Anyway, before I lose myself in waxing nostalgic, Angie is actually in the query process, and I thought, what better way to share the experience than through a Guest Post? I've never seen anyone get more request for partials and fulls for one query. My dear, you're dream agent will come a Call-ing any second now.
With that said, let's get this post started...
Anatomy of a Query Letter
by Angie Sandro
Yeah, I’m not proud of my first reaction to Kate’s request that I write a post about query letters. I’m not an expert, I told her. No way, can I try and teach anyone the Art of the Query. And writing query letters is an art form. Believe me. If you’ve ever struggled to write one of these slippery little suckers—well, I don’t have to explain how mind-numbing it can be to condense an 80,000 word manuscript down to 250 words. Writing the doggone book is less stressful. The only thing more excruciating is childbirth and writing the Dreaded Synopsis. Nail biting and hair pulling begins with the horror of that thought.
I’ve written three query letters and each one has been a nightmare. I’ve been lucky to have awesome critique partners to bounce ideas off of, and who slap me upside the head whenever I start spiraling in query hell. The first thing I recommend before even attempting to write a query letter is research. There are many online communities that help teach proper formatting for a query letter. The most effective tends to be the hook’em and reel’em in format, heh heh.
The hook is one sentence that is meant to capture the agents’ attention and keep them from hitting the rejection button. Next is a mini-synopsis of the book (I like to end with a conclusion hook to wrap it up with a nice red bow). And lastly, it’s all about you baby—the author’s biography. If you don’t have any writing credentials, don’t fear. Most aspiring authors don’t. Just leave that part blank. For more information on formatting you can check out Agentquery.com for examples.
The query is the first impression that you’ll make with an agent. Possibly, your only impression and it needs to be a reflection of you. The book you are trying to sell.
Yes, the query needs to be aesthetically pleasing, well written, typo free…blah, blah…duh!
Now comes the hard part. It's something that a lot of people forget to include in their query because they get caught up in formatting. Voice.
I used to scratch my head whenever anyone mentioned Voice in writing. It's a nebulous entity to the newbie writer. What is it? Do I have it? If I don’t have it, where do I find it? I've come to think of voice as the ability to convey personality and emotion in your writing. Voice is as important in a query letter as it is in writing the manuscript.
The query is an introduction and needs to reflect the voice of your characters and tone of the book you’ve written. The ebb and flow of emotion shown in the query should be written in such as way as to elicit an emotional response. What emotion. Whatever emotion you want to elicit with the story you've written. It's your book; it's a reflection of your taste. Like ice cream: quirky with a snark topping, gut-wrenching with hope sprinkles, tickle my funny-bone float. Mmm, yummy.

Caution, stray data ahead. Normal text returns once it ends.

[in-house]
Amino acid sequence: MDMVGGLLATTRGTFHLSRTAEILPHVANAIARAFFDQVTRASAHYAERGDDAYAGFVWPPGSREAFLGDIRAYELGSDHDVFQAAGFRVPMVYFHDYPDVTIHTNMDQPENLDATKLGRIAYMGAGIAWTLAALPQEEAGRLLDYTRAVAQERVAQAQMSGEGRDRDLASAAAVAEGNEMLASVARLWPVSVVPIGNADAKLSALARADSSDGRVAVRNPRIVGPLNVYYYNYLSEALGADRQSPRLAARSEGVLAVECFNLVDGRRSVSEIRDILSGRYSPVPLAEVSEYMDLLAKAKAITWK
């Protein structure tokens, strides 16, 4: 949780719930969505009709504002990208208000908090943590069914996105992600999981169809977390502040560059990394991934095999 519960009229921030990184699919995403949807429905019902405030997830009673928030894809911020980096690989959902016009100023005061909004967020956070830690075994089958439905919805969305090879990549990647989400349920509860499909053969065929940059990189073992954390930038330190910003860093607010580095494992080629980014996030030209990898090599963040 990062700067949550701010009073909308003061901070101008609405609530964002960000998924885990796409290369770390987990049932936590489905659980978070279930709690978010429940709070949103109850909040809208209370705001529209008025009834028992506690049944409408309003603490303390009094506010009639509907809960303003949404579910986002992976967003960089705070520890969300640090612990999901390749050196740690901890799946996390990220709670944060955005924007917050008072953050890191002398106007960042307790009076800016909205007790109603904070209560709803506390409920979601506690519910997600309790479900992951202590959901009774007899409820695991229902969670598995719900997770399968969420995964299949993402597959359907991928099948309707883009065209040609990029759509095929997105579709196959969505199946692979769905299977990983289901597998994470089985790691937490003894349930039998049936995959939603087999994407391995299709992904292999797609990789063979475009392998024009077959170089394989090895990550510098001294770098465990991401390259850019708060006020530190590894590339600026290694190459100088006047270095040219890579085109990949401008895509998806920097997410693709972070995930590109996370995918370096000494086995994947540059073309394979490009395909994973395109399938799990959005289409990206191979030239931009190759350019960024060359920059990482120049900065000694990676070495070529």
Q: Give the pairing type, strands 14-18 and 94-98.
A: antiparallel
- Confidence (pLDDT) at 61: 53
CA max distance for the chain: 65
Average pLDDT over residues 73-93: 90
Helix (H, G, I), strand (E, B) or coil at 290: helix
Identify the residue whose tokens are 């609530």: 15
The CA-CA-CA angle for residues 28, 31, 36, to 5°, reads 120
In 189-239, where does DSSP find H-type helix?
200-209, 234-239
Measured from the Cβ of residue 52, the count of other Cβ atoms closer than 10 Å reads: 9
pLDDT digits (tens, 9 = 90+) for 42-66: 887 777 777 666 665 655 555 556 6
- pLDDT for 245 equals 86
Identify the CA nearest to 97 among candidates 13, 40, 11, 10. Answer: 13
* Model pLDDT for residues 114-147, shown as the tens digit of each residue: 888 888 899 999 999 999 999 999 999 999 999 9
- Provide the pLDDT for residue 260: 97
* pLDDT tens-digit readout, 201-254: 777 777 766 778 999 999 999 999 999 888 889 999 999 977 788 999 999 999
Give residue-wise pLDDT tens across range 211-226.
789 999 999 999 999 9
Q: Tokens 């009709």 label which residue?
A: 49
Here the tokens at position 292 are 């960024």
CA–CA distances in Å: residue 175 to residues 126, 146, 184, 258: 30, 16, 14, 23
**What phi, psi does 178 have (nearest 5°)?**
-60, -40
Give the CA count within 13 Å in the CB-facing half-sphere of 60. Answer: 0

I’ve read and edited a lot of query letters. The ones that work for me are the ones that give me a breathless tingle of excitement. They are the ones that make me think. “Oh yes, I have to read this book.” If you read your query, or have someone else read it, and they don’t get all tingly and full inside. Time to rewrite. It may take a few tries or twenty to get it right, but when you do, you’ll know it. And believe me, it’s worth it.
Kate, I didn't really follow the one sentence hook format on this query letter. Shrug. Some rules are made to be broken :) (They certainly are, sista!)
|^^^The Query Letter^^^|
Alright, now here's the REAL query letter for Juju's Child:
When seventeen-year-old Malaise LaCroix finds a dead girl floating in the bayou, she crosses her mama by reporting the murder to the police. She’s naive enough to think the girl’s parents will be grateful, but Mama warns her otherwise. Of course, once folk start dying, Mala wishes she’d listened and left the girl for gator–bait.
Mala’s innocence becomes overshadowed by the pesky rumors that her aunt is an infamous New Orleans Hoodoo Queen and her mama can shrivel a guy's, well, man-parts. Even the boy Mala’s in love with is afraid to stray too close. Thing is, Mala thinks believing in magic is for weak-minded fools, until the dead girl starts haunting her.
The desperate spirit crushes the minds of those she influences and needs Mala’s latent psychic gift, willing or not, to expose her murderer. And once the girl’s father, Reverend Prince learns his daughter’s body has been drained of blood in what he assumes is a magical ritual, he sets out on an old-fashioned witch-hunt.
To keep from becoming the soul’s possession, or worse, being burned at the stake, Mala turns to the two guy’s whose own agendas don’t include helping an outcast such as herself—the cop she’s pined after since ninth grade that is investigating the murder and the ghost’s grief-crazed brother who uses Mala’s attraction to him as a weapon for revenge.
In JUJU'S CHILD, a 79,000 word young adult paranormal, Mala Lacroix is a teenage, African-American Sookie Stackhouse who gets caught up with the supernatural--ghosts instead of vampires--romance and murder This manuscript was inspired by my rich, Louisiana Creole cultural heritage.
If you have any questions for Angie about queries, writing, or life in general, please don't hesitate to ask in the comment's section. She would love to interact with you. Isn't that right, Angie?
To know more about this amazing writer, you can visit her blog by clicking HERE.
And please don't forget to follow us on Twitter: @KateEvangelista and @AngieSandro